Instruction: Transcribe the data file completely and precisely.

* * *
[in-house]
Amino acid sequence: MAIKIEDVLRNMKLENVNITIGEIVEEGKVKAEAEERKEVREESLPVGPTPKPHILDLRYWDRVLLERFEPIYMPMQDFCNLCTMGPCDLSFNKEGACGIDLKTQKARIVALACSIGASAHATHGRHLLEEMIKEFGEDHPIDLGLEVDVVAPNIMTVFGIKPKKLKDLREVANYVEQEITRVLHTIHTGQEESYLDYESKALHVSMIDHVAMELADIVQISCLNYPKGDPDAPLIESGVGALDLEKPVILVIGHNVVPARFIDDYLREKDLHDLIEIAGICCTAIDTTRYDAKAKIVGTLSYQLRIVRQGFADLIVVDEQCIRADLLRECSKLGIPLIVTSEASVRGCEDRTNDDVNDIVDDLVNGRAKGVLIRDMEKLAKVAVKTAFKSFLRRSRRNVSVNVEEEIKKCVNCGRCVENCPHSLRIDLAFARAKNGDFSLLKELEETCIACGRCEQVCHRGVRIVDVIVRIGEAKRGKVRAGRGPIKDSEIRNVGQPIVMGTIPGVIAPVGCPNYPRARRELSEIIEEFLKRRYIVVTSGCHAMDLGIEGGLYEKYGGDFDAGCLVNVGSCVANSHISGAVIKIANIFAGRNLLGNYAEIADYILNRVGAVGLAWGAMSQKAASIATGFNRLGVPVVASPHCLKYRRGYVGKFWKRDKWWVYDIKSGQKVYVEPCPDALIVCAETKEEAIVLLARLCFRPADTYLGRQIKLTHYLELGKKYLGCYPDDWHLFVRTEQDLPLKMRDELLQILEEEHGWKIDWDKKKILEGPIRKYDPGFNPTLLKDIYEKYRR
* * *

[in-house]
Amino acid sequence: MAIKIEDVLRNMKLENVNITIGEIVEEGKVKAEAEERKEVREESLPVGPTPKPHILDLRYWDRVLLERFEPIYMPMQDFCNLCTMGPCDLSFNKEGACGIDLKTQKARIVALACSIGASAHATHGRHLLEEMIKEFGEDHPIDLGLEVDVVAPNIMTVFGIKPKKLKDLREVANYVEQEITRVLHTIHTGQEESYLDYESKALHVSMIDHVAMELADIVQISCLNYPKGDPDAPLIESGVGALDLEKPVILVIGHNVVPARFIDDYLREKDLHDLIEIAGICCTAIDTTRYDAKAKIVGTLSYQLRIVRQGFADLIVVDEQCIRADLLRECSKLGIPLIVTSEASVRGCEDRTNDDVNDIVDDLVNGRAKGVLIRDMEKLAKVAVKTAFKSFLRRSRRNVSVNVEEEIKKCVNCGRCVENCPHSLRIDLAFARAKNGDFSLLKELEETCIACGRCEQVCHRGVRIVDVIVRIGEAKRGKVRAGRGPIKDSEIRNVGQPIVMGTIPGVIAPVGCPNYPRARRELSEIIEEFLKRRYIVVTSGCHAMDLGIEGGLYEKYGGDFDAGCLVNVGSCVANSHISGAVIKIANIFAGRNLLGNYAEIADYILNRVGAVGLAWGAMSQKAASIATGFNRLGVPVVASPHCLKYRRGYVGKFWKRDKWWVYDIKSGQKVYVEPCPDALIVCAETKEEAIVLLARLCFRPADTYLGRQIKLTHYLELGKKYLGCYPDDWHLFVRTEQDLPLKMRDELLQILEEEHGWKIDWDKKKILEGPIRKYDPGFNPTLLKDIYEKYRR